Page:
Evidence-based instructional methods (EBIMs) increase student learning outcomes in undergraduate geoscience classrooms (Freeman et al., 2014). Borrego, Stains, and colleagues estimate that only 40-50% of instructors employ EBIMs in their STEM classrooms (Borrego et al., 2010; Stains et al., 2018). It is still unclear what drives instructors to adopt or not adopt EBIMs. This study investigates the following research question: What is the relationship between attending teaching-focused professional development (PD) programs and instructors' decisions on whether and how to implement EBIMs? Triadic reciprocal determinism (TRD) (Bandura, 1971) is used as a theoretical framework in this study to explore the connections between personal, environmental, and behavioral factors. This study uses the methodology of a multiple-case study. Data collection methods involved Zoom-based interviews. Data was coded with a priori defined factors from the TRD model. Interview data reveals that a complex interaction between all three factors is involved in an instructor's decision to attend PD and their decisions on whether to implement EBIMs after participating in PD programs. From the interview data, key components of each of the three TRD factors were identified as barriers or catalysts to implementing EBIMs after participating in PD programs. Recommendations are made for how to build stronger PD programs that address the barriers that instructors face when attempting to implement EBIMs after attending PD programs.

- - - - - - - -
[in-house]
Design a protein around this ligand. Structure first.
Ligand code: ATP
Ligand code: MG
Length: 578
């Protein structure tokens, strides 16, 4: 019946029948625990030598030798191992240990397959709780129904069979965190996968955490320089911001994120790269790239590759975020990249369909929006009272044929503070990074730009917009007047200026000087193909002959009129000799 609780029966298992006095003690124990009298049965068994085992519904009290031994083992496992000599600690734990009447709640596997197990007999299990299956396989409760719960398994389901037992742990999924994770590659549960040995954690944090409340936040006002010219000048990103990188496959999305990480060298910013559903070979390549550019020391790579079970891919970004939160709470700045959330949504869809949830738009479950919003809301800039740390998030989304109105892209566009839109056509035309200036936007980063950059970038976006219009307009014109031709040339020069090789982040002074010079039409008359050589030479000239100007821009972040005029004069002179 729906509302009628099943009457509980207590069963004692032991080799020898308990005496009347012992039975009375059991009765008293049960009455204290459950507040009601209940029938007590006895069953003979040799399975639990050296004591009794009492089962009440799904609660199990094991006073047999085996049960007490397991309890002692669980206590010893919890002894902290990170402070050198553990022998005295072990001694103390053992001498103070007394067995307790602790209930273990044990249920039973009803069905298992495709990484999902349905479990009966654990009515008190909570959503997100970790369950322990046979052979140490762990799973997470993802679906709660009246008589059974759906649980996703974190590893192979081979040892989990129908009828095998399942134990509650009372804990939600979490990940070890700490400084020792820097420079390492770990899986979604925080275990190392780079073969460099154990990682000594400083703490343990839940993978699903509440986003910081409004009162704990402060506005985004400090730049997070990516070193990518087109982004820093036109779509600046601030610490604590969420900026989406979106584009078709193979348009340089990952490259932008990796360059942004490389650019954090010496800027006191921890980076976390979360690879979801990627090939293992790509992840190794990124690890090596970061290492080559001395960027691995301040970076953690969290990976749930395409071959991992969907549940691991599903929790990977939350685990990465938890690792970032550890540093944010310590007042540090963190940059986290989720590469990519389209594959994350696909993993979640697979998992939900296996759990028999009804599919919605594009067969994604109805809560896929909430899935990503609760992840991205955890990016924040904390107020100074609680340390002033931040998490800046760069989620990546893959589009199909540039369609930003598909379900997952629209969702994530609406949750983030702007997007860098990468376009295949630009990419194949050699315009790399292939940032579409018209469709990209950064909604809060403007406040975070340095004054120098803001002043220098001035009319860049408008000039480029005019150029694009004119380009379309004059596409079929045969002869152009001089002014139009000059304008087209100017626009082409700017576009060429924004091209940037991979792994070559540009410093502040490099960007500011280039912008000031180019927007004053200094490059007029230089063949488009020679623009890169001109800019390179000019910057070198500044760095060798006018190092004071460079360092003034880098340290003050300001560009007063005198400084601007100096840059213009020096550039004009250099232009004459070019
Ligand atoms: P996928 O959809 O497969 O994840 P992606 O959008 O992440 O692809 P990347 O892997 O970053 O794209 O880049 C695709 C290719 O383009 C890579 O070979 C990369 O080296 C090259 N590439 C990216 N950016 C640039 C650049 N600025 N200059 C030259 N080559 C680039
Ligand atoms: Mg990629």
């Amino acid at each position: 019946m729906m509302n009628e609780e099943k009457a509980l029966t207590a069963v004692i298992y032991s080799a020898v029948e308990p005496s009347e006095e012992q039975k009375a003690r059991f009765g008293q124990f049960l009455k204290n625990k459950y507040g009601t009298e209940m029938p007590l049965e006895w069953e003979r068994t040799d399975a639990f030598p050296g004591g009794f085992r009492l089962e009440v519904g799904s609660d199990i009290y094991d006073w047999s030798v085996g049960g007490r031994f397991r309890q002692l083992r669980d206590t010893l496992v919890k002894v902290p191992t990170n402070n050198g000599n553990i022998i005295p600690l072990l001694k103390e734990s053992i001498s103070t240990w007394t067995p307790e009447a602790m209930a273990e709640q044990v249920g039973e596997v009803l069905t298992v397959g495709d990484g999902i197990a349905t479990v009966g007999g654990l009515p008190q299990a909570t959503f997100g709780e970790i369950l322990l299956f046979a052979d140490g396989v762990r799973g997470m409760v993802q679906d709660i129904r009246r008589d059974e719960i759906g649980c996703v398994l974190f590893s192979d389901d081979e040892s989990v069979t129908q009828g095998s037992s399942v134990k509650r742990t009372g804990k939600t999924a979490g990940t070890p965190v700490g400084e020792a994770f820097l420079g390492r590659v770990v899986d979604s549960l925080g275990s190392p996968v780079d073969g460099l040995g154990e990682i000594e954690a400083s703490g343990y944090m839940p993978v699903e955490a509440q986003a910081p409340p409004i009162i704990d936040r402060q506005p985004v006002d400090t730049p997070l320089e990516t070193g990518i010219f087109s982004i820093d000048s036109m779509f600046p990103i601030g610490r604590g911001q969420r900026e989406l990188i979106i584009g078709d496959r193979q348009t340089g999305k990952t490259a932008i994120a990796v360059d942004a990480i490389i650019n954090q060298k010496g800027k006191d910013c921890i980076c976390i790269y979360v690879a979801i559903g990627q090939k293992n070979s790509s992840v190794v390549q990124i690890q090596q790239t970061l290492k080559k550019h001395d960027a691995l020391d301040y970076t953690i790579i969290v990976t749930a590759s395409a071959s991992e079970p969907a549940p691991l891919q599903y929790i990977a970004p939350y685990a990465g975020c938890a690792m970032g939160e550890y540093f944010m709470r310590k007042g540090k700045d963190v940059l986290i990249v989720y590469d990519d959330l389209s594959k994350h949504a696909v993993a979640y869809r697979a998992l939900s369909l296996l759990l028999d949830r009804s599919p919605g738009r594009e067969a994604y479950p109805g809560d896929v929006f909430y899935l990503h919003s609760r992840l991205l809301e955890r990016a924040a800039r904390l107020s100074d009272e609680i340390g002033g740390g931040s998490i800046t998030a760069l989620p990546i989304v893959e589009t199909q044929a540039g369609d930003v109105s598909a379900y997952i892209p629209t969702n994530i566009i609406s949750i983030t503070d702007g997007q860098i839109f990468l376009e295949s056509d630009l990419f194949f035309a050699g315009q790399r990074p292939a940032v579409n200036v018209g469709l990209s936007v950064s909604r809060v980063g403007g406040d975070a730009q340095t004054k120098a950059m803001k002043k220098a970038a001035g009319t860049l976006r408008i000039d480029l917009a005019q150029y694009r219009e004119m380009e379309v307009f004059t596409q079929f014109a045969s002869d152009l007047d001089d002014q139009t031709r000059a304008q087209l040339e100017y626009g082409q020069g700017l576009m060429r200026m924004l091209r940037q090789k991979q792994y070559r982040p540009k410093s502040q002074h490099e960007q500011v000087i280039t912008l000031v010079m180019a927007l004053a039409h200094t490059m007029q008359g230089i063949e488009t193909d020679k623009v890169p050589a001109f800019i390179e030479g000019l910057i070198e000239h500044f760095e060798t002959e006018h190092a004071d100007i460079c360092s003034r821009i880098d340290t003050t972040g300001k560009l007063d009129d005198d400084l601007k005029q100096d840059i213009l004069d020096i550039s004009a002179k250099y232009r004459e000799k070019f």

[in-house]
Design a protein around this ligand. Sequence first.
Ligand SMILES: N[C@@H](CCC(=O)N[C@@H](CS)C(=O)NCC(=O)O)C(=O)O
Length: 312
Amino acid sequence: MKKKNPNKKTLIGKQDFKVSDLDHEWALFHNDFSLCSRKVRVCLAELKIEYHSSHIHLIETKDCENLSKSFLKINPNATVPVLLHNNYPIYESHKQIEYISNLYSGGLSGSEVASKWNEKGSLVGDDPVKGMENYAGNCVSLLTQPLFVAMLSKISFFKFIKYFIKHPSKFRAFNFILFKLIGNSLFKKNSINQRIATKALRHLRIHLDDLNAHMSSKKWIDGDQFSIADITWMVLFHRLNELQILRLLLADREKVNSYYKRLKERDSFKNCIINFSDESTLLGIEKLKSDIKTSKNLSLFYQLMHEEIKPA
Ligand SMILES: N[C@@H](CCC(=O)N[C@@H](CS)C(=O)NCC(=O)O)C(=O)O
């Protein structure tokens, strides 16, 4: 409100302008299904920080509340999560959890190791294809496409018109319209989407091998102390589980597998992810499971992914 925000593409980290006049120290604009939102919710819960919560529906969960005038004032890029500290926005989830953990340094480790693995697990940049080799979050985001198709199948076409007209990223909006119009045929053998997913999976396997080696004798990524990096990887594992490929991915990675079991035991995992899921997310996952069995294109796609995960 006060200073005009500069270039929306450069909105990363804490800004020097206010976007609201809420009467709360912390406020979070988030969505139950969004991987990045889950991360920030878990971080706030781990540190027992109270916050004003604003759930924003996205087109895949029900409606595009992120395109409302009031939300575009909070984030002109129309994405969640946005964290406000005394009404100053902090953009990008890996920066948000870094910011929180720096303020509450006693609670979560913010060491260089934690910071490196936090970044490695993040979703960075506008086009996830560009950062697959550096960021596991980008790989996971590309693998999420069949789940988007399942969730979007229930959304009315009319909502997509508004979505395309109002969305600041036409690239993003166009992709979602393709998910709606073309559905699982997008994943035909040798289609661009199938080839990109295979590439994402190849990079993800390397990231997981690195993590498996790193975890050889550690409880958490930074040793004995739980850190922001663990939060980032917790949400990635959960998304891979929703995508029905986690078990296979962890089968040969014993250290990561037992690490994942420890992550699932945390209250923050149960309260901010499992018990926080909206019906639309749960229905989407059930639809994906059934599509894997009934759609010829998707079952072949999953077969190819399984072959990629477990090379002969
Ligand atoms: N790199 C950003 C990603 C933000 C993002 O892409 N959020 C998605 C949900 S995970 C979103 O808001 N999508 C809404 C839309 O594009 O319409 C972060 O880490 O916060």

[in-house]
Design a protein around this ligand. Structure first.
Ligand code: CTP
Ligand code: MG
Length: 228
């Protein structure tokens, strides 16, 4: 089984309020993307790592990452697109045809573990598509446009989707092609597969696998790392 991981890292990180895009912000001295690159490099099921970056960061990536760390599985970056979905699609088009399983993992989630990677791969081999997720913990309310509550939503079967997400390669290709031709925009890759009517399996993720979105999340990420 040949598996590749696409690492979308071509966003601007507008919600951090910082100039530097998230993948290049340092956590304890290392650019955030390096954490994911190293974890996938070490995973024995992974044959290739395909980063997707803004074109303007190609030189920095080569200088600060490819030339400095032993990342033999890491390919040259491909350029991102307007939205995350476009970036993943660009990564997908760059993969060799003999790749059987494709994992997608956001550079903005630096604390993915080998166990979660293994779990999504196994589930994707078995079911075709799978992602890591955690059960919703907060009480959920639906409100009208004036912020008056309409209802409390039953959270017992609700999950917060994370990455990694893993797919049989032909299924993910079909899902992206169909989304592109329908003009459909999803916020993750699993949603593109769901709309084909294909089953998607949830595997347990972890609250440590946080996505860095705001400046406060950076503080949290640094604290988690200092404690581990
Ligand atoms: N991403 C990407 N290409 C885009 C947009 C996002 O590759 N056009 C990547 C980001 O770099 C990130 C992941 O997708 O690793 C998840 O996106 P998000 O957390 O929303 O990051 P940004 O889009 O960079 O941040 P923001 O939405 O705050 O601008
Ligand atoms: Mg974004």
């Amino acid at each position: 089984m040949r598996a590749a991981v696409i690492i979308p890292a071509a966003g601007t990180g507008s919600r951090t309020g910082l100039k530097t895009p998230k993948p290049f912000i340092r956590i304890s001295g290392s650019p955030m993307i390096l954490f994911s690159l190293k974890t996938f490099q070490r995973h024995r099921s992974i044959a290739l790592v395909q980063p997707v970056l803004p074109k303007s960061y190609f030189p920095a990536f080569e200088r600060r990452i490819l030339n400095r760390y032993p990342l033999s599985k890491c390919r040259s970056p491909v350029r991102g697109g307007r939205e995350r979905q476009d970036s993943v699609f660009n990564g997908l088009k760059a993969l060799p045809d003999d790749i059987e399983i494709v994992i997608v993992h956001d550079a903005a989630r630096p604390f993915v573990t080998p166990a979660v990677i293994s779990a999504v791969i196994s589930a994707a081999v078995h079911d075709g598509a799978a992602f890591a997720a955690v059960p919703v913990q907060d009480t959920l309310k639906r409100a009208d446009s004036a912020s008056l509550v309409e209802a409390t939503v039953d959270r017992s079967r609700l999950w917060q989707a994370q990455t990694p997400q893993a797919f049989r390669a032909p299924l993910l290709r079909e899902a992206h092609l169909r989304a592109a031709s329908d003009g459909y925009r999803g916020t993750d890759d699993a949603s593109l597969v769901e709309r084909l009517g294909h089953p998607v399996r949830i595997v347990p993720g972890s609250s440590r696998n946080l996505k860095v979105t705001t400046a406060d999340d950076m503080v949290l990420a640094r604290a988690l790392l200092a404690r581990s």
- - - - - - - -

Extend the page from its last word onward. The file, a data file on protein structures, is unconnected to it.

Professional Development Program Design and Potential for Higher Education Transformation at Three Types of Institutions of Higher Education
Holly Fortener, University of Colorado at Boulder
Leilani Arthurs, University of Colorado at Boulder